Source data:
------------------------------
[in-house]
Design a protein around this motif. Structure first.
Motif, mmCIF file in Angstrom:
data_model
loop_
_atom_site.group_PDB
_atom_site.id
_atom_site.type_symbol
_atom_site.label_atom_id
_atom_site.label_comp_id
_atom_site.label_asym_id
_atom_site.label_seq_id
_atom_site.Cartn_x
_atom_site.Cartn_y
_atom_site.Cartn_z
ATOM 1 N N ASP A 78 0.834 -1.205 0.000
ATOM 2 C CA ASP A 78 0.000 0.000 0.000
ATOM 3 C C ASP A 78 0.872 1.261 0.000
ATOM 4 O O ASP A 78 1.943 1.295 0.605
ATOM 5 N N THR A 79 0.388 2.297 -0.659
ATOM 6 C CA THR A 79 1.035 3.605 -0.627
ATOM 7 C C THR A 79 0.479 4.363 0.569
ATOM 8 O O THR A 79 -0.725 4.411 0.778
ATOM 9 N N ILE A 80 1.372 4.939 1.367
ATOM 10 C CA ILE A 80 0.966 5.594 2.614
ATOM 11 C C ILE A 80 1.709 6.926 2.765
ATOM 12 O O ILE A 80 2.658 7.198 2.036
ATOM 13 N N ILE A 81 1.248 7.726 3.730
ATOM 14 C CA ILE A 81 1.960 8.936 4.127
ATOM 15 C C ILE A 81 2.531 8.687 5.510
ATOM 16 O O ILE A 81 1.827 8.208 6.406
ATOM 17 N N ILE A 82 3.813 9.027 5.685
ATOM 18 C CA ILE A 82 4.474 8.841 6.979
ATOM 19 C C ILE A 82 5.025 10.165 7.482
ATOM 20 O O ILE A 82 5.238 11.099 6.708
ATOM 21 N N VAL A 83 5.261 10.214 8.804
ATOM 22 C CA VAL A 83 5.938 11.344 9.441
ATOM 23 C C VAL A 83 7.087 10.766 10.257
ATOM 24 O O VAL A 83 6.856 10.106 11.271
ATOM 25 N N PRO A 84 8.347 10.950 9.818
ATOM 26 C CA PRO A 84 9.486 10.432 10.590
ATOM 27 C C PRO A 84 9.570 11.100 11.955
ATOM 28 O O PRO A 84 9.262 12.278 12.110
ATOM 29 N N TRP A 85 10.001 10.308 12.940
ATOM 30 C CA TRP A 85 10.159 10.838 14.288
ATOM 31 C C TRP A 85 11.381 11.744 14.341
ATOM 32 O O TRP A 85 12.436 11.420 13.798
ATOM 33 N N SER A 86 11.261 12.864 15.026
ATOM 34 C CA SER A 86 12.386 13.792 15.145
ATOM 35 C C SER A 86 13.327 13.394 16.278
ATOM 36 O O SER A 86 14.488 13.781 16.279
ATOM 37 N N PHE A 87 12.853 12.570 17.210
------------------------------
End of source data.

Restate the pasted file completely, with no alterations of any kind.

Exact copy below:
[in-house]
Design a protein around this motif. Structure first.
Motif, mmCIF file in Angstrom:
data_model
loop_
_atom_site.group_PDB
_atom_site.id
_atom_site.type_symbol
_atom_site.label_atom_id
_atom_site.label_comp_id
_atom_site.label_asym_id
_atom_site.label_seq_id
_atom_site.Cartn_x
_atom_site.Cartn_y
_atom_site.Cartn_z
ATOM 1 N N ASP A 78 0.834 -1.205 0.000
ATOM 2 C CA ASP A 78 0.000 0.000 0.000
ATOM 3 C C ASP A 78 0.872 1.261 0.000
ATOM 4 O O ASP A 78 1.943 1.295 0.605
ATOM 5 N N THR A 79 0.388 2.297 -0.659
ATOM 6 C CA THR A 79 1.035 3.605 -0.627
ATOM 7 C C THR A 79 0.479 4.363 0.569
ATOM 8 O O THR A 79 -0.725 4.411 0.778
ATOM 9 N N ILE A 80 1.372 4.939 1.367
ATOM 10 C CA ILE A 80 0.966 5.594 2.614
ATOM 11 C C ILE A 80 1.709 6.926 2.765
ATOM 12 O O ILE A 80 2.658 7.198 2.036
ATOM 13 N N ILE A 81 1.248 7.726 3.730
ATOM 14 C CA ILE A 81 1.960 8.936 4.127
ATOM 15 C C ILE A 81 2.531 8.687 5.510
ATOM 16 O O ILE A 81 1.827 8.208 6.406
ATOM 17 N N ILE A 82 3.813 9.027 5.685
ATOM 18 C CA ILE A 82 4.474 8.841 6.979
ATOM 19 C C ILE A 82 5.025 10.165 7.482
ATOM 20 O O ILE A 82 5.238 11.099 6.708
ATOM 21 N N VAL A 83 5.261 10.214 8.804
ATOM 22 C CA VAL A 83 5.938 11.344 9.441
ATOM 23 C C VAL A 83 7.087 10.766 10.257
ATOM 24 O O VAL A 83 6.856 10.106 11.271
ATOM 25 N N PRO A 84 8.347 10.950 9.818
ATOM 26 C CA PRO A 84 9.486 10.432 10.590
ATOM 27 C C PRO A 84 9.570 11.100 11.955
ATOM 28 O O PRO A 84 9.262 12.278 12.110
ATOM 29 N N TRP A 85 10.001 10.308 12.940
ATOM 30 C CA TRP A 85 10.159 10.838 14.288
ATOM 31 C C TRP A 85 11.381 11.744 14.341
ATOM 32 O O TRP A 85 12.436 11.420 13.798
ATOM 33 N N SER A 86 11.261 12.864 15.026
ATOM 34 C CA SER A 86 12.386 13.792 15.145
ATOM 35 C C SER A 86 13.327 13.394 16.278
ATOM 36 O O SER A 86 14.488 13.781 16.279
ATOM 37 N N PHE A 87 12.853 12.570 17.210